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Massachusetts advocate groups back Baker’s tax relief budget plan

Several advocate groups are backing Massachusetts Republican Gov. Charlie Baker’s proposed budget.

The governor announced his $700 million comprehensive tax relief plan will benefit low-income households, working families, renters, and seniors all while making the state more competitive in the economy.

“With residents and families continuing to face rising costs, Massachusetts should take action and pass tax cuts that will reduce costs and give taxpayers a break,” Baker said in a release. “Revenues continue to exceed expectations, so it’s time to give some of this surplus revenue back to taxpayers. We look forward to working with our partners in the Legislature to put more money into the pockets of our hard-working families and residents.”

Advocates cited rising costs for families due to inflation and the state continuing to “exceed tax revenue projections” while urging the Legislature to “give taxpayers a break” and adopt Baker’s proposal.

Baker was joined at the event by Lt. Gov. Karyn Polito, and Administration and Finance Secretary Michael J. Heffernan. Advocates attending the meeting included Eileen McAnneny, president of the Massachusetts Taxpayers Foundation; Amy Pitter, president and CEO of the Massachusetts Society of CPAs; Jon Hurst, president of the Retailers Association of Massachusetts; John Regan, president of Associated Industries of Massachusetts; and Carolyn Ryan, senior vice president of the Greater Boston Chamber of Commerce.

“MTF’s mission is about fiscal stability for the Commonwealth and positioning Massachusetts for long-term economic growth and opportunity for all,” McAnneny said in the release. “The Baker Administration’s tax package achieves both and that is why it has MTF’s full support. Not only is it affordable, but it provides relief to our residents while signaling that Massachusetts is choosing to compete for the people and talent that are so critical to our future economic vitality.”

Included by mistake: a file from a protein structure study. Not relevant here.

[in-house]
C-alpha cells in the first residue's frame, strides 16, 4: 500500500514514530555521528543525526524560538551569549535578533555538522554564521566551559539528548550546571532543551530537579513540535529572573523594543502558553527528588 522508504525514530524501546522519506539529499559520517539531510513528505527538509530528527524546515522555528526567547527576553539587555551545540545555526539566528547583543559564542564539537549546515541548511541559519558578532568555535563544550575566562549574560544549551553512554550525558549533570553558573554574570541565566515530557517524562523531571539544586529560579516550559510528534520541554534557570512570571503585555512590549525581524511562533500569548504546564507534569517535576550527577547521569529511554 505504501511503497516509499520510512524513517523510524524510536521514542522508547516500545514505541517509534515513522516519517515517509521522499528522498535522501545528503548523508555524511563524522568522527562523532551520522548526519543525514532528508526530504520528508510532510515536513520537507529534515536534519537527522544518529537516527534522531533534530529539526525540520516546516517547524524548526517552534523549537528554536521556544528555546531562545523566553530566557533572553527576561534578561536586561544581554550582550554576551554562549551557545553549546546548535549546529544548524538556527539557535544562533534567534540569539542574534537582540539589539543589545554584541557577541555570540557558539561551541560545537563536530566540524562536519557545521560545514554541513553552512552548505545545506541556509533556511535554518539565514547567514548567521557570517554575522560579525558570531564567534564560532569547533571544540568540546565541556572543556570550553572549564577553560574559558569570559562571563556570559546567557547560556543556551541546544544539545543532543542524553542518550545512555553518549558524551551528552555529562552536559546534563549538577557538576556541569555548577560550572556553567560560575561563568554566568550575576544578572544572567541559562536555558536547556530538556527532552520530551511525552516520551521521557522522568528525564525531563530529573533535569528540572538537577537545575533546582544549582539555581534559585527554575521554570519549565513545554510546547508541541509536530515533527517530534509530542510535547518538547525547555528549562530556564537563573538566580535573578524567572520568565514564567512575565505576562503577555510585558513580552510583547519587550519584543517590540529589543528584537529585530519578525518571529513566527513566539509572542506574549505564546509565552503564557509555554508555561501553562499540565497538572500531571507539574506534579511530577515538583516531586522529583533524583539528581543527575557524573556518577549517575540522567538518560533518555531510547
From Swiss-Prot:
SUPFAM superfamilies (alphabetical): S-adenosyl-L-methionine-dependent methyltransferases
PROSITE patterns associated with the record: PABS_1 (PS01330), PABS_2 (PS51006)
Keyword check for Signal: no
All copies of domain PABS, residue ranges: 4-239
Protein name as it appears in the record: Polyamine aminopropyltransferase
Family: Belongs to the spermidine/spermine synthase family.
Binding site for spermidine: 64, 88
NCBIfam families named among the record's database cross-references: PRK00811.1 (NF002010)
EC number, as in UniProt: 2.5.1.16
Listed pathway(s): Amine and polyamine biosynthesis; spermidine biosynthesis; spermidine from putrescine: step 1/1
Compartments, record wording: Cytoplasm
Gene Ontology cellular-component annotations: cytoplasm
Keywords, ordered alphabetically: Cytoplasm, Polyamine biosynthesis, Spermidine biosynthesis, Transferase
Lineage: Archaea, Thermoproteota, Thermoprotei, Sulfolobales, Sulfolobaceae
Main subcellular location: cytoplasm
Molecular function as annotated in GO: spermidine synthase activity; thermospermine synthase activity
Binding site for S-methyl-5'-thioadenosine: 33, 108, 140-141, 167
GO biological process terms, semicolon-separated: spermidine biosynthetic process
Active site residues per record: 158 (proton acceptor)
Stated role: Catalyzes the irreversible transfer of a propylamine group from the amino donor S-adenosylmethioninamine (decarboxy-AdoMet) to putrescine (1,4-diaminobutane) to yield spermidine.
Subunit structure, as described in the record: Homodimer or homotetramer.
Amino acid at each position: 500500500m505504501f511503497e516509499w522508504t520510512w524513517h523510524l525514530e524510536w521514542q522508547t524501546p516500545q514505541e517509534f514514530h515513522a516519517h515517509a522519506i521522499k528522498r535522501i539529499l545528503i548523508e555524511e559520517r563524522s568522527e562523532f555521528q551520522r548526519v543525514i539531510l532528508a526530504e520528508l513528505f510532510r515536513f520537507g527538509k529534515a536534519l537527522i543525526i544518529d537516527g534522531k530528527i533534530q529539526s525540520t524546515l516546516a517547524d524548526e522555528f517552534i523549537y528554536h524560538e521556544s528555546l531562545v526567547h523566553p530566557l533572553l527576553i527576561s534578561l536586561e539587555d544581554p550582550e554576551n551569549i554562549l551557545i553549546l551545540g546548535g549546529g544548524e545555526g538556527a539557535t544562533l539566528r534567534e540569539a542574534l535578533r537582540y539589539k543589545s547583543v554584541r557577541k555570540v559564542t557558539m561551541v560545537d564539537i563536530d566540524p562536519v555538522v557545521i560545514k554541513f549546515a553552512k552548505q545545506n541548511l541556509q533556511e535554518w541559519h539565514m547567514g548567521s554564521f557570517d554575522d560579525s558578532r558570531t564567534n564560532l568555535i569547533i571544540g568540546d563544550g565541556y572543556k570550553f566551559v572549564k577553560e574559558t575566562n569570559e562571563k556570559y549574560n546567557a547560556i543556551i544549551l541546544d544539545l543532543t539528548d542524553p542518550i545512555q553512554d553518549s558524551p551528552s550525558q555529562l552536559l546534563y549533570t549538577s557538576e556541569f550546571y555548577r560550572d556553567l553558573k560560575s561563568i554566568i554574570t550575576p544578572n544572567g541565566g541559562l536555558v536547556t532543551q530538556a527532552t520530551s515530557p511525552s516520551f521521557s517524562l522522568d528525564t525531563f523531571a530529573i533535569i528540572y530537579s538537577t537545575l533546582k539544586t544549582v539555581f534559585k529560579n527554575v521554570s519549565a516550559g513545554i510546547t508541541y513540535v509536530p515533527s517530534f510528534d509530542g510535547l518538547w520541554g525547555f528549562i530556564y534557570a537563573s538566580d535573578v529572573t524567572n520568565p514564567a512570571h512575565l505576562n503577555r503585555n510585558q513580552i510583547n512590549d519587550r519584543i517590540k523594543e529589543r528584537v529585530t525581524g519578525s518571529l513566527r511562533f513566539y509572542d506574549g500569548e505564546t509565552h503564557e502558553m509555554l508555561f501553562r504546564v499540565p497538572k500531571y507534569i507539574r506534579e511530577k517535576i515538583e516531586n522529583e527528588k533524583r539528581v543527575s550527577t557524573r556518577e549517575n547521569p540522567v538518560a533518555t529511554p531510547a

According to the release, the state is facing a “strong fiscal picture” and currently has a $5 billion surplus in its coffers. For the first few months of 2022, the state reports it continues to exceed tax revenue projections. In January, revenues bested projections by $856 million, $293 million in February, and $427 million in March.

“State revenue collections have far exceeded expectations for the second year in row,” Regan said. “The Commonwealth should return a portion of that windfall to assist taxpayers burdened by inflation and to stimulate the economy. Governor Baker’s plan spreads the relief throughout the economy and is an equitable tax proposal.”

Under the proposed plan, the Senior Circuit Breaker Credit will be doubled in an attempt to lower the tax burden for more than 100,000 low-income homeowners over the age of 65. An increase in the rental deduction cap from $3,000 to $5,000 will enable 881,000 residents to keep $77 million annually, according to the release.

The plan would also double the dependent care credit to $480 for one qualifying individual and $960 for two or more to benefit 700,000 families.

The document would also increase the adjusted gross income levels for “no tax status” to $12,500 for single taxpayers, $24,800 for joint filers, and $18,650 for head of households. The move, according to the release, would eliminate income tax for 234,000 low-income families.

This article was originally posted on Massachusetts advocate groups back Baker’s tax relief budget plan

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